It has taken me a while to adjust to Life Without Dobby, but after 5 months, I can finally look at some photos and videos and find joy in the memories.
These are random photos from older blog posts. If you click on the photo, I think it will lead you to the original post. Look at the fine print under the image ID and you will see the name of the original post. It’s clickable.
Next year, I will work on some blog posts with “new” photos and there is a backlog of videos, too.
My inspiration for stories is not yet up to speed. I would love to answer your questions or clear up any confusion you might have about the mechanics of capybara ownership. Please don’t hesitate to ask questions.
He slept outdoors (unless the weather was freezing.) His pen had a bed with a heated kennel pad, blankets, a wall heater, and curtains to keep the rain out. He preferred the outdoors and came into the kitchen for snacks or sometimes just to say hello.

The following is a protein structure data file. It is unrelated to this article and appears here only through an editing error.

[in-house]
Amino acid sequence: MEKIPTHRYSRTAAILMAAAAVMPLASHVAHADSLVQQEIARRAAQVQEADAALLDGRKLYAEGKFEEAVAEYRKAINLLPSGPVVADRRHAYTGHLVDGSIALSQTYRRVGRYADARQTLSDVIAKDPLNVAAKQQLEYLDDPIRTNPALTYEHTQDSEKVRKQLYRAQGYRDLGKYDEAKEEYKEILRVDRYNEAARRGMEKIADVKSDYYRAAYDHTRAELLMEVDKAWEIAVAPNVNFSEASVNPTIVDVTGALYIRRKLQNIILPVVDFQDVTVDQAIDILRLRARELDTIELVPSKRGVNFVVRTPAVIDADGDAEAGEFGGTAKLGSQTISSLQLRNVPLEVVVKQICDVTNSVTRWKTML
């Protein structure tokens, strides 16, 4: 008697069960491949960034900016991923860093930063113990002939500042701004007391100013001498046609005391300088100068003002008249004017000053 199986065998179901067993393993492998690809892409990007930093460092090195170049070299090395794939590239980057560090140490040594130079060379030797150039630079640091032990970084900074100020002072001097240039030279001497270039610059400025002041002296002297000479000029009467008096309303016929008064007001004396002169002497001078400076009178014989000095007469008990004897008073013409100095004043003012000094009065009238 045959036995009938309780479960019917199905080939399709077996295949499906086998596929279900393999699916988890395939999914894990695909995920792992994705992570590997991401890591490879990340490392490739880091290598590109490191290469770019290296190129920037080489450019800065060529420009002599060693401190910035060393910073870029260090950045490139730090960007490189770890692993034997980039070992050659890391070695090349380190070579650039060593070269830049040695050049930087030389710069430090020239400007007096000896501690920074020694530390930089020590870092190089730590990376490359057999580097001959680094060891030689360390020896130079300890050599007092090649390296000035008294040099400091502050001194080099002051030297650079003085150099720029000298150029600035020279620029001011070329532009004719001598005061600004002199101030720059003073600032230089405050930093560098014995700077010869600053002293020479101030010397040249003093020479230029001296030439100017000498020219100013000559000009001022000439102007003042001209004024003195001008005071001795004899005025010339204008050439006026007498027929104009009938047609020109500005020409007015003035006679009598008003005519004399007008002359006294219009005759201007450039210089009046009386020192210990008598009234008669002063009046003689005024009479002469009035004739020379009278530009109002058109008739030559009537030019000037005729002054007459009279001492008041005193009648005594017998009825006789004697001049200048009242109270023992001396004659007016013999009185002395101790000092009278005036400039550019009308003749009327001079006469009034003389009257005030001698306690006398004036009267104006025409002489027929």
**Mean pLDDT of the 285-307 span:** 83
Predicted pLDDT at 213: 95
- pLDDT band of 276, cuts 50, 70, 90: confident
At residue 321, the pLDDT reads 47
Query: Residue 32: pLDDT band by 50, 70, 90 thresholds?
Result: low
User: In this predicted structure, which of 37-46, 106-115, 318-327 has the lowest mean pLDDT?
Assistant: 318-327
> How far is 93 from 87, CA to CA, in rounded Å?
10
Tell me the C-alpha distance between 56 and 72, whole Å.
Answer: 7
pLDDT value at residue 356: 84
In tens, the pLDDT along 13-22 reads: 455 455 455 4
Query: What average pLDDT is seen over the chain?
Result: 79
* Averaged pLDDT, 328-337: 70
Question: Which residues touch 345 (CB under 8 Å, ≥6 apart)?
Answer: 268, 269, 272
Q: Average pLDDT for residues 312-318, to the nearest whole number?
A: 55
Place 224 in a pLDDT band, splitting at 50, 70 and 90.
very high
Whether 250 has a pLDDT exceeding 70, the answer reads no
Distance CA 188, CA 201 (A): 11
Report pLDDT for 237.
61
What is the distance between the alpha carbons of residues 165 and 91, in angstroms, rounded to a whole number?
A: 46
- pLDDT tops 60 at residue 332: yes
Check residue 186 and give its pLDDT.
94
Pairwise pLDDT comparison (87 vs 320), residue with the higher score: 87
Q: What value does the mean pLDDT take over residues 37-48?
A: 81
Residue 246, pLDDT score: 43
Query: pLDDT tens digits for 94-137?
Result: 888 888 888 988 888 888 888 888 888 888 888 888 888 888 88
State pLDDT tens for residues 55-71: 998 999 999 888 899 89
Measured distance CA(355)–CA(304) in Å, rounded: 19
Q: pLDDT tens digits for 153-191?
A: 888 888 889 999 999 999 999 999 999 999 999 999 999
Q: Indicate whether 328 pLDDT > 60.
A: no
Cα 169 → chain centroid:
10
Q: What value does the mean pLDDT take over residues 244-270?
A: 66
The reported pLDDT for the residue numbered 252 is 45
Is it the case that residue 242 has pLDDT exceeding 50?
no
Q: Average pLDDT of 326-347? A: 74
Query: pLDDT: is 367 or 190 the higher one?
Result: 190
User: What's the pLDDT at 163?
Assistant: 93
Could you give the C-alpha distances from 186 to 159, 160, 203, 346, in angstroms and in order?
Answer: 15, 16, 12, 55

I couldn’t have managed without The Bartender. Capybaras are challenging pets, and if you want one as engaging as Dobby, you must spoil them rotten. Wild animals seem to have much more “ego” than domestics, and if they don’t get their way, there is hell to pay.
According to the internet, capybaras are chill: they get along with all other animals. Not true.
The ducks and geese were wary, but he never chased them. Instead, he would casually wander into the flock and then suddenly do a Doofus Dance! What a sneaky guy!
How about if I post parts of his book, with photographs? That would be a good way to start, but I would really like to hear your ideas. That’s how the book came about in the first place: you asked for it. Let’s try it again in this blog and see what I come up with.